The star-studded North American tour of Jesus Christ Superstar that had punk icon John “Johnny Rotten” Lydon playing King Harold and Michelle Williams of Destiny’s Child as Mary Magdalene was unexpectedly cancelled before debuting in New Orleans on June 9th. While details are scarce as to why the show was crucified, there have been some rumors that a rapidly expanding budget played a role. The tour was set to stop in 54 cities, including Philly, at the Wells Fargo Center on August 16th. All ticket holders are expected to receive a full refund.
I remember how obsessed I was with Danity Kane while following their every move on Diddy‘s MTV series, Making The Band: I love their classic bangers “Damaged” and “Showstopper.” Now, after a five-year hiatus, the girls have returned with their new single “Lemonade“…and as a trio. In fact, the day after I spoke with the girls, Aundrea Fimbres announced during the group’s “No Filter” tour kickoff in San Francisco that she was going to be leaving Danity Kane to focus on motherhood. However, as Danity Kane knows, the show must go on; this Sunday, they hit the TLA stage. I chatted with Dawn Richard, Aubrey O’Day, and Shannon Bex about their new music, new sound, and what exactly their fierce “Lemonade” single is all about. Read more »
I’ll never forget the first time Mariah Carey burst into my life in the early 90’s. Hearing that glass-shattering voice was closeted gay love at first sight. Right from her debut single “Vision Of Love“, I became completely and totally obsessed. I fell in love with her even more during her coo-coo bananas phase when she showed up on TRL with some popsicles and a bizarre striptease (All I can say is, Thank god for You-Tube). And, of course, there is her fabulous comeback album, The Emancipation Of Mimi: be still our gay hearts.
Nothing quite complements that worked-out beach bod like some sizzling summer tunes. This season, Mariah, Lana and La Roux are all returning with new music to provide you the perfect soundtrack while you’re making all your summer dreams come true. I’ve rounded up a few notable summer 2014 releases below that will be just the tunes to blast at your Rehomo beach blanket Bingo parties.
Philly fans — and even non-fans — of X-Men will have extra incentive to stand in line for the next iteration of the long-running franchise, Days of Future Past, when it opens on May 23rd. It stars Philly-bred actor Evan Jonigkeit as the quick-tongued, sure-footed Toad. He’s reprising the role played by Ray Park in the original X-Men trilogy.
I had a chance to catch up with the burgeoning star, who, full disclosure, I attended Neshaminy High School with back in the day. He opened up about his local beginnings with Mauckingbird Theatre Company, chumming around with Jennifer Lawrence on the set of X-Men, and what it was like having Kathleen Turner see him in his birthday suit on Broadway.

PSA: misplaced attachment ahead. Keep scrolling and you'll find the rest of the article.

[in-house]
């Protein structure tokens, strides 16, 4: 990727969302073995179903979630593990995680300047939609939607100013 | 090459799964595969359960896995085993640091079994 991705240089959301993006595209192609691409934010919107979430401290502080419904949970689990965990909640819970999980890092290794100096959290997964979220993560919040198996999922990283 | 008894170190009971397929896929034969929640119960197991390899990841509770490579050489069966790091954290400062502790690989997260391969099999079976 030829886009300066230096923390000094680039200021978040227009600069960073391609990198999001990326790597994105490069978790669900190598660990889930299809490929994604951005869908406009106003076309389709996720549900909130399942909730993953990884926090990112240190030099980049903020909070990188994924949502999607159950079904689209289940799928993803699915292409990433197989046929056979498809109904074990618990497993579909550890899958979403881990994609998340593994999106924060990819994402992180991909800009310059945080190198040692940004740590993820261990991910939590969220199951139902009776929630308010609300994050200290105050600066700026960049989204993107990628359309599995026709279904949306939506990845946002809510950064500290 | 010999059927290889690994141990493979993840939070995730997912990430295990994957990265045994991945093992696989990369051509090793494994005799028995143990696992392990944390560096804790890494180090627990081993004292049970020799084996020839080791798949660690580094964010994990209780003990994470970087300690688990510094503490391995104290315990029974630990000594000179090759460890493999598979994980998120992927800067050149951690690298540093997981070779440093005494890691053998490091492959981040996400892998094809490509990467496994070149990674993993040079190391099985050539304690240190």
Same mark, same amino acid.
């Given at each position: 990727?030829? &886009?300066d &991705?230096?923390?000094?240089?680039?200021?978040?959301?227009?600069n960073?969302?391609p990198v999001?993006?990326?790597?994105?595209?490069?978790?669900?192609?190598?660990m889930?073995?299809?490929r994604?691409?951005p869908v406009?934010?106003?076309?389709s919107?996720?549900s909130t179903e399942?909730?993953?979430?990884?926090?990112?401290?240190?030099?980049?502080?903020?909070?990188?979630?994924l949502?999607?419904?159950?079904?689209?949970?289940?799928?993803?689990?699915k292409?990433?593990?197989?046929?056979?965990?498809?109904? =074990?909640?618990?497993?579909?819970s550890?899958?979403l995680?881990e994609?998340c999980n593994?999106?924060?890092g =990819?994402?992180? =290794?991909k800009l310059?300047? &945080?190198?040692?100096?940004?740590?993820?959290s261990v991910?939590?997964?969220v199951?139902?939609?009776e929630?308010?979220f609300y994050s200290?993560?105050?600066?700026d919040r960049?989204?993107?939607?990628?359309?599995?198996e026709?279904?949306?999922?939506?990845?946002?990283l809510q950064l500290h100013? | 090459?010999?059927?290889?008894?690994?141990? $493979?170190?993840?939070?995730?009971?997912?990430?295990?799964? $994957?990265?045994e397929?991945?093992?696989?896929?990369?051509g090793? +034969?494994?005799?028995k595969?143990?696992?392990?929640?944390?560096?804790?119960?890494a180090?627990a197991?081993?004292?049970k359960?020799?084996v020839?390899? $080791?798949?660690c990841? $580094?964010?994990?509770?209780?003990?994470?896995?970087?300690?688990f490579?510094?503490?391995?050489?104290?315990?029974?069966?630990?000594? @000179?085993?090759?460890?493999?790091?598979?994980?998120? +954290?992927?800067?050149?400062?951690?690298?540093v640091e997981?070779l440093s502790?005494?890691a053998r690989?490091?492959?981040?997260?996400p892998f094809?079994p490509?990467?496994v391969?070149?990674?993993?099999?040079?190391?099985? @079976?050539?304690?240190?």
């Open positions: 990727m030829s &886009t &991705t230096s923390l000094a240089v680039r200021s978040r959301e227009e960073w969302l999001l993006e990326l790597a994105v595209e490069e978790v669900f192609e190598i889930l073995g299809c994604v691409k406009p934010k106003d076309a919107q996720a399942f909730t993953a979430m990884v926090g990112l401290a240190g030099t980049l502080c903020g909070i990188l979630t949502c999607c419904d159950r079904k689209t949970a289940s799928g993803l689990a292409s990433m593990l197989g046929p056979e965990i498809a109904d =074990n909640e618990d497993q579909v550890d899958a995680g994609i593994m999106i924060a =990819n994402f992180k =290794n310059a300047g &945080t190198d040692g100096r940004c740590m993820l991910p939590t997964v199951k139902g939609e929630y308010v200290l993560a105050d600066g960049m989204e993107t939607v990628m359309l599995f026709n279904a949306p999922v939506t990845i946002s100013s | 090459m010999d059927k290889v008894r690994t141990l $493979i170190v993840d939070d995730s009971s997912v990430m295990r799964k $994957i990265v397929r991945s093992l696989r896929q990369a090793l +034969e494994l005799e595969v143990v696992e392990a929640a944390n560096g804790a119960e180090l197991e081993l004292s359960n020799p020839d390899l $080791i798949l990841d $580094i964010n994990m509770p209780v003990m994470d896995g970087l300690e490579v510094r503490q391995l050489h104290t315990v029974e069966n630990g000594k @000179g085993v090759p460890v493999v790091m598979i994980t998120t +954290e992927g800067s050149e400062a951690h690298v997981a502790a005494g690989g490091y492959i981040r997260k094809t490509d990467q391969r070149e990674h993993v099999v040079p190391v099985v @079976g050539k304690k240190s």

Ten years ago today, Upper Darby’s own Tina Fey and Saturday Night Live producer Lorne Michaels brought us Mean Girls, and, in one way or other, we’ve been under its spell ever since. To honor this pop culture milestone, I threw on my XXL pink shirt and came up with the 10 reasons we’re still so obsessed with the film after all these years.
Tonight, Cher, along with fabulous special guest Cyndi Lauper, is bringing her Dressed To Kill tour to the Wells Fargo Center. I decided to get my hair-flipping started early by putting together a pre-show playlist of Cher and Cyndi remixes to get you Philly queens even more hyped for tonight’s big show. (As if that’s actually possible.)
Bensalem-bred singer-songwriter Christina Perri comes back home this weekend to perform songs from her new album, Head Or Heart, at the Electric Factory. Ticket gabbed with the “Human” songstress about everything from growing up in the Philly burbs, her 70 (!) tattoos, and how she can’t wait to get home to see her “big ass South Philly Italian family.”
The nightlife world lost a legend this week when DJ Frankie Knuckles died at the age of 59. Dubbed the “Godfather of House,” Knuckles played a major role role in spreading the percussive genre of dance music into the mainstream, changing the house music foundation forever.
A remixer, producer and Grammy winner, Knuckles first got his start in the ’70s, spinning at various New York nightclubs before moving to Chicago in 1977. There he turned out music at Warehouse , where he would begin his experimentations with dance music, mixing standard R&B and disco beats with a range of post-punk, reggae and ’80s Euro-synth. And just like that, a new kind of dance genre was born. Knuckles even gave it a name: house music.